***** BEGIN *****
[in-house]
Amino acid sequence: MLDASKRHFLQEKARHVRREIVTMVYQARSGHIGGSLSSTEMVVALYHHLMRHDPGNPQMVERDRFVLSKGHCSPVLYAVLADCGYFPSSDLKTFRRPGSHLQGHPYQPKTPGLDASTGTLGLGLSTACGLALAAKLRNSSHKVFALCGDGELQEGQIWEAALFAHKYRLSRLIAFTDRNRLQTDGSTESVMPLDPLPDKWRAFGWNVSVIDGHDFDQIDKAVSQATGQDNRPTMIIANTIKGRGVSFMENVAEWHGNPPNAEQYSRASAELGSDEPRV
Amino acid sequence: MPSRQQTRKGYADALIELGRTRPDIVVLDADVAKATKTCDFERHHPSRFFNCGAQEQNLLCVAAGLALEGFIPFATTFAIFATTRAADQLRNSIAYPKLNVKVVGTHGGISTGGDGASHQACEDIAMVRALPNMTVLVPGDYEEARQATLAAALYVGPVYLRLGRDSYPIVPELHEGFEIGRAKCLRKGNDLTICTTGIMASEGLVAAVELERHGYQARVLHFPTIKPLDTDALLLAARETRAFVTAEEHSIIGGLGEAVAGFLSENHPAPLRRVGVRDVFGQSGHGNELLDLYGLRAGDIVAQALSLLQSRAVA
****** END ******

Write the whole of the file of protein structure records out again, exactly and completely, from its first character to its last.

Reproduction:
[in-house]
Amino acid sequence: MLDASKRHFLQEKARHVRREIVTMVYQARSGHIGGSLSSTEMVVALYHHLMRHDPGNPQMVERDRFVLSKGHCSPVLYAVLADCGYFPSSDLKTFRRPGSHLQGHPYQPKTPGLDASTGTLGLGLSTACGLALAAKLRNSSHKVFALCGDGELQEGQIWEAALFAHKYRLSRLIAFTDRNRLQTDGSTESVMPLDPLPDKWRAFGWNVSVIDGHDFDQIDKAVSQATGQDNRPTMIIANTIKGRGVSFMENVAEWHGNPPNAEQYSRASAELGSDEPRV
Amino acid sequence: MPSRQQTRKGYADALIELGRTRPDIVVLDADVAKATKTCDFERHHPSRFFNCGAQEQNLLCVAAGLALEGFIPFATTFAIFATTRAADQLRNSIAYPKLNVKVVGTHGGISTGGDGASHQACEDIAMVRALPNMTVLVPGDYEEARQATLAAALYVGPVYLRLGRDSYPIVPELHEGFEIGRAKCLRKGNDLTICTTGIMASEGLVAAVELERHGYQARVLHFPTIKPLDTDALLLAARETRAFVTAEEHSIIGGLGEAVAGFLSENHPAPLRRVGVRDVFGQSGHGNELLDLYGLRAGDIVAQALSLLQSRAVA